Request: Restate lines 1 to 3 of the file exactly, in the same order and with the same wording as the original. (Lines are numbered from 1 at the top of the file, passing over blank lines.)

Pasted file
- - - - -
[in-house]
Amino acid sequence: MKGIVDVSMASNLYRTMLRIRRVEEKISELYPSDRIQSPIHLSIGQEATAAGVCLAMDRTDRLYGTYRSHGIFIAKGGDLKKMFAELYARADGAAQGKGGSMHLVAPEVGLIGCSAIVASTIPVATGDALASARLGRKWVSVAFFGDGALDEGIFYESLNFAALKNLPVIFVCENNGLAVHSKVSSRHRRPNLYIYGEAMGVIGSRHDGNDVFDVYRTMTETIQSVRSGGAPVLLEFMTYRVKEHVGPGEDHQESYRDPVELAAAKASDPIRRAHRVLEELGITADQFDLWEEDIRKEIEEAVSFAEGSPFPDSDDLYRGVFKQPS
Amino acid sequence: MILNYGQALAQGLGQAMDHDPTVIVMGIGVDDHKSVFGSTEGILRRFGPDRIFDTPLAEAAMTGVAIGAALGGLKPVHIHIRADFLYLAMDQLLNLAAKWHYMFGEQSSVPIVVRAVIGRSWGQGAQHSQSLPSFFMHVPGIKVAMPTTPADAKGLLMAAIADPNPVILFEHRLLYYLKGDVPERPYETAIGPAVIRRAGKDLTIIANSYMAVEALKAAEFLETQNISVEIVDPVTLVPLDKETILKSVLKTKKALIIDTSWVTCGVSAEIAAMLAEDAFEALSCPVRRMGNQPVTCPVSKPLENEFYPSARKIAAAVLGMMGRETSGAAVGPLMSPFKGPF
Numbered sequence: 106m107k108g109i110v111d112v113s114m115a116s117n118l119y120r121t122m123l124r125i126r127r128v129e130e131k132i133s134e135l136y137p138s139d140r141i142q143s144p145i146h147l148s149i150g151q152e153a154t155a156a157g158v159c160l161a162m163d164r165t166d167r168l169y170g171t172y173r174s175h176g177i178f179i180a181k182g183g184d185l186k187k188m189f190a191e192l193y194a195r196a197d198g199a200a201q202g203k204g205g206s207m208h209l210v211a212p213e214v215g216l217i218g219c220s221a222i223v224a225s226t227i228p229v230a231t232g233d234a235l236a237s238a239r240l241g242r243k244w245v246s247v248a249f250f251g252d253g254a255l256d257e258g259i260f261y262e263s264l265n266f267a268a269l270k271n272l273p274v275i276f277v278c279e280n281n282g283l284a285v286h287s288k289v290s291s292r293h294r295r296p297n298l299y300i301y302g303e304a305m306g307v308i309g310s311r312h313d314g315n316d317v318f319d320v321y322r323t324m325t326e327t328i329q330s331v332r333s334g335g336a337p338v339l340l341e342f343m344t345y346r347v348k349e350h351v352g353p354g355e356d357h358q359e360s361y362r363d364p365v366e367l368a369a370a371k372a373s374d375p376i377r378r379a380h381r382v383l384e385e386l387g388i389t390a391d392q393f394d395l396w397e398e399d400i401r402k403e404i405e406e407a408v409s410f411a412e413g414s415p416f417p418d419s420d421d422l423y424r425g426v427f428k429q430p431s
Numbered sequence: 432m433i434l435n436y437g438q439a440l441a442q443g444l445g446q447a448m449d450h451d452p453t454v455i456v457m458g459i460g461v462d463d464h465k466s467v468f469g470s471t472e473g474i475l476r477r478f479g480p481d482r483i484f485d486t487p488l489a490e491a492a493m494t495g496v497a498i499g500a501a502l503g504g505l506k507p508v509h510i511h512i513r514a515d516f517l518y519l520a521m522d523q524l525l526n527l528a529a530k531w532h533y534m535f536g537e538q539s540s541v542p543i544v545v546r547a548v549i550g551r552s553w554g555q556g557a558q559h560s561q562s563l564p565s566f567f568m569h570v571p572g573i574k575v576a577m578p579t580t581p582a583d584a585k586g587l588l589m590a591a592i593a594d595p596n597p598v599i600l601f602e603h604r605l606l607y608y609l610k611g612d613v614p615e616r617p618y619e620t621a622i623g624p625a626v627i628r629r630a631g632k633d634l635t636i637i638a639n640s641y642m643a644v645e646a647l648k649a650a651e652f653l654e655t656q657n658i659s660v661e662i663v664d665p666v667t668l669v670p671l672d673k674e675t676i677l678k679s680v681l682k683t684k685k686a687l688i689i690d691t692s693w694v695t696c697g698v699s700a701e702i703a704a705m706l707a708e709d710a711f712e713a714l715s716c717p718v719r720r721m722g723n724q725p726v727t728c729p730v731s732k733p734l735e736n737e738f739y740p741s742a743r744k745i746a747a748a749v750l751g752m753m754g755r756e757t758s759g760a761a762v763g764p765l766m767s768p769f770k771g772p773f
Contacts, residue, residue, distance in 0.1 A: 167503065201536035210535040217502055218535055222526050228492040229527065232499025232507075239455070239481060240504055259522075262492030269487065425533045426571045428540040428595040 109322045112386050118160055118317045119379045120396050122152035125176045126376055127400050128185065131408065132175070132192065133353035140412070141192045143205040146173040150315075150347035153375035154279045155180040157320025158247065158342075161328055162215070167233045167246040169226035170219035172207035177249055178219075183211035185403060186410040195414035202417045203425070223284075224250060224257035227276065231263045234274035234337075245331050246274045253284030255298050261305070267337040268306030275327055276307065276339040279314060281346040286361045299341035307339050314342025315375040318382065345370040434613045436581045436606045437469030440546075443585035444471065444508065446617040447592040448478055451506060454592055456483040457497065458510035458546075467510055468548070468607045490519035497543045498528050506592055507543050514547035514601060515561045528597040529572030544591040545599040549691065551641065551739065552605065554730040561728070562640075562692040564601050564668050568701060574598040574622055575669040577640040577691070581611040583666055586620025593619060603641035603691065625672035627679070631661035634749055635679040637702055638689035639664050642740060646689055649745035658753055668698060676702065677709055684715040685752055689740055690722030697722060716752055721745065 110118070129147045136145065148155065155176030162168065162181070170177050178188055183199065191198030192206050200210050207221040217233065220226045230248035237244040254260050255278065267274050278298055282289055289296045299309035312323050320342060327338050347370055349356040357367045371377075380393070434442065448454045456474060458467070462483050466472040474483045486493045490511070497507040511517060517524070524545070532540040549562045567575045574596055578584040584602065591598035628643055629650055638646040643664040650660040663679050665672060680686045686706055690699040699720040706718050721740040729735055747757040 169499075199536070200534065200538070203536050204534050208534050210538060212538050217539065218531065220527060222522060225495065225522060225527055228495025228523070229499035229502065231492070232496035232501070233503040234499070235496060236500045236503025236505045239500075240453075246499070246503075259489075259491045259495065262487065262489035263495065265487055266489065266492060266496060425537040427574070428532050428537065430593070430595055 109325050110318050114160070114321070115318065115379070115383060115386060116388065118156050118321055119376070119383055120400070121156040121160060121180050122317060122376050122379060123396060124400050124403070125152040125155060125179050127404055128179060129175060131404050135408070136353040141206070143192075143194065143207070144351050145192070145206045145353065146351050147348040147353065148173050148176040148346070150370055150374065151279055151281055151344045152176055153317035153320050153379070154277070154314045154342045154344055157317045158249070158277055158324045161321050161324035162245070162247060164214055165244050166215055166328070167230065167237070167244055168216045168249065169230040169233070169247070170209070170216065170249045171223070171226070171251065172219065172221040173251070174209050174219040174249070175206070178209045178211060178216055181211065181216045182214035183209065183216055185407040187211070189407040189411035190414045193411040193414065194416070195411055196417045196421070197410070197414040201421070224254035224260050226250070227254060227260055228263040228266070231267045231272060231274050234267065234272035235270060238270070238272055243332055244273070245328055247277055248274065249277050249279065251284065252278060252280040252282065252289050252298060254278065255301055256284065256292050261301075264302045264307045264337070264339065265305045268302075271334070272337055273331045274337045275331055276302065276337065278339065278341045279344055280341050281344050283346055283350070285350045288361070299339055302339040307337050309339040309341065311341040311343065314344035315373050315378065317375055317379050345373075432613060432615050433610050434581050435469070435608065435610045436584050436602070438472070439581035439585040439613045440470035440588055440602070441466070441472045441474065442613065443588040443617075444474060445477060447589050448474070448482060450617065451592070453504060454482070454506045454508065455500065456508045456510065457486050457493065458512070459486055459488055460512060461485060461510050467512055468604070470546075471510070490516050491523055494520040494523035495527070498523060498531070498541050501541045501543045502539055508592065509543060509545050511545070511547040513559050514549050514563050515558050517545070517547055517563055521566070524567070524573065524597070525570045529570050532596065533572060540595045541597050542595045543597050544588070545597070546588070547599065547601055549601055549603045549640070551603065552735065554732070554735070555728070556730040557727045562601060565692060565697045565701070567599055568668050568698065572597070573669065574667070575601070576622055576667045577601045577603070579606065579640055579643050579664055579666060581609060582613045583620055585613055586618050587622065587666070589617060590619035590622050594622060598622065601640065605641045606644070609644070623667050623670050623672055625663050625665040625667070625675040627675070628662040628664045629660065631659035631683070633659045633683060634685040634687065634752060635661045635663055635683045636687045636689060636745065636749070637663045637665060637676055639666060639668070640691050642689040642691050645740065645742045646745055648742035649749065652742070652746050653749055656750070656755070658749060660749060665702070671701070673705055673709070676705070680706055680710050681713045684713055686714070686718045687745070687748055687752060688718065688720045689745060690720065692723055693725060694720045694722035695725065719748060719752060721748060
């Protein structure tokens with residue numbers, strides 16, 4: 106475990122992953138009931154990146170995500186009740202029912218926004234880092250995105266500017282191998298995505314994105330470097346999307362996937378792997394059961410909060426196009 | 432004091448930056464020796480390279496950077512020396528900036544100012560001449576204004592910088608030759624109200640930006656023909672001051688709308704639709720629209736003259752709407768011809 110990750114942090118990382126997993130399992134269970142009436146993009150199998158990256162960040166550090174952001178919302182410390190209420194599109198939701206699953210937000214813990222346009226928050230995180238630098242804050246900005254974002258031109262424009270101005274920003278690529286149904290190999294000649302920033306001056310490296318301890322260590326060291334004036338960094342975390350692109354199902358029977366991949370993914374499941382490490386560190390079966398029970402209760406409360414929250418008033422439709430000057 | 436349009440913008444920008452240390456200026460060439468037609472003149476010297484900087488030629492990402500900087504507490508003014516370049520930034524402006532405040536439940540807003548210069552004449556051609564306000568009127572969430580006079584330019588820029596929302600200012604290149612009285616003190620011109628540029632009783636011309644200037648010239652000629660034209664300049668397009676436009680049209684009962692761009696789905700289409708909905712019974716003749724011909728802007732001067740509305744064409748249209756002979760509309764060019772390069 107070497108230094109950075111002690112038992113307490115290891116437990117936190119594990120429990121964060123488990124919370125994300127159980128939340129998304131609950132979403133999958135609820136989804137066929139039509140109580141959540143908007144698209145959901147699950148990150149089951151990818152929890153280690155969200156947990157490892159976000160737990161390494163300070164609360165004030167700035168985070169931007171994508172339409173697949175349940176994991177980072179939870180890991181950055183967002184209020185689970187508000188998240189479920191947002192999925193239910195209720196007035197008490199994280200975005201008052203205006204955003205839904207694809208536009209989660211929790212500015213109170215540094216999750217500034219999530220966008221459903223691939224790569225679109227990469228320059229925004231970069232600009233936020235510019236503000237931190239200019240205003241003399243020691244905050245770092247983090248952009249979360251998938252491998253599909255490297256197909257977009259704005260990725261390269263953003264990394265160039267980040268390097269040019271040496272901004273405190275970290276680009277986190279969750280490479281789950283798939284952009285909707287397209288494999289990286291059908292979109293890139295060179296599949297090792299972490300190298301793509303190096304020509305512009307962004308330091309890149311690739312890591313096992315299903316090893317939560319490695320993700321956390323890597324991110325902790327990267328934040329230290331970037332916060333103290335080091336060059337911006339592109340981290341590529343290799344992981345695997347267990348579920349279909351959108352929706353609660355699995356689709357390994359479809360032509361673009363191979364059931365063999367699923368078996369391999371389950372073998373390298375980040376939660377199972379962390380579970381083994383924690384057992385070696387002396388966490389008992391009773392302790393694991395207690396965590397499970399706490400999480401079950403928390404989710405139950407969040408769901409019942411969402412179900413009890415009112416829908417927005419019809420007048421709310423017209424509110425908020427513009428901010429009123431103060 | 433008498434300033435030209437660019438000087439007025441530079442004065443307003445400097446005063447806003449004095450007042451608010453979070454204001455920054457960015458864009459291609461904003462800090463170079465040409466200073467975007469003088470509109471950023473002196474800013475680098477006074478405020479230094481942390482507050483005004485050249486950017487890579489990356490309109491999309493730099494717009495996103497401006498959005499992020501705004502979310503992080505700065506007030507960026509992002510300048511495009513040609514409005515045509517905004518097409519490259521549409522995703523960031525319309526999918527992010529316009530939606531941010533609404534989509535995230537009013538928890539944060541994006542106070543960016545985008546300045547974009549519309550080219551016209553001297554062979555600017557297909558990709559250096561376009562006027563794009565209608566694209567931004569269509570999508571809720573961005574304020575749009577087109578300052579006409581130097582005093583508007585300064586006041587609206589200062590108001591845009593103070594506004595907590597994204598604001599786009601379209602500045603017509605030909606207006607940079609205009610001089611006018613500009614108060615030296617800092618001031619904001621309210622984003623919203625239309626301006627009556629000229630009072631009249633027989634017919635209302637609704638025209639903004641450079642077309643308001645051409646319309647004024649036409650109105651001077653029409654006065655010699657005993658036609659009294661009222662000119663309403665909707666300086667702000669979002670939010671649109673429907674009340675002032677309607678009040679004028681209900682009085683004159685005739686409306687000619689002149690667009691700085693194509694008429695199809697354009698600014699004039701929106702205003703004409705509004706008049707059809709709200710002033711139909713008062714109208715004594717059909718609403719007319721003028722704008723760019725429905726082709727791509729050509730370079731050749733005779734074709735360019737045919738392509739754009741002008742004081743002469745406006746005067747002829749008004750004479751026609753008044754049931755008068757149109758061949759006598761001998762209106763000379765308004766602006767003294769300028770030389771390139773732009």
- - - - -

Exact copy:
[in-house]
Amino acid sequence: MKGIVDVSMASNLYRTMLRIRRVEEKISELYPSDRIQSPIHLSIGQEATAAGVCLAMDRTDRLYGTYRSHGIFIAKGGDLKKMFAELYARADGAAQGKGGSMHLVAPEVGLIGCSAIVASTIPVATGDALASARLGRKWVSVAFFGDGALDEGIFYESLNFAALKNLPVIFVCENNGLAVHSKVSSRHRRPNLYIYGEAMGVIGSRHDGNDVFDVYRTMTETIQSVRSGGAPVLLEFMTYRVKEHVGPGEDHQESYRDPVELAAAKASDPIRRAHRVLEELGITADQFDLWEEDIRKEIEEAVSFAEGSPFPDSDDLYRGVFKQPS
Amino acid sequence: MILNYGQALAQGLGQAMDHDPTVIVMGIGVDDHKSVFGSTEGILRRFGPDRIFDTPLAEAAMTGVAIGAALGGLKPVHIHIRADFLYLAMDQLLNLAAKWHYMFGEQSSVPIVVRAVIGRSWGQGAQHSQSLPSFFMHVPGIKVAMPTTPADAKGLLMAAIADPNPVILFEHRLLYYLKGDVPERPYETAIGPAVIRRAGKDLTIIANSYMAVEALKAAEFLETQNISVEIVDPVTLVPLDKETILKSVLKTKKALIIDTSWVTCGVSAEIAAMLAEDAFEALSCPVRRMGNQPVTCPVSKPLENEFYPSARKIAAAVLGMMGRETSGAAVGPLMSPFKGPF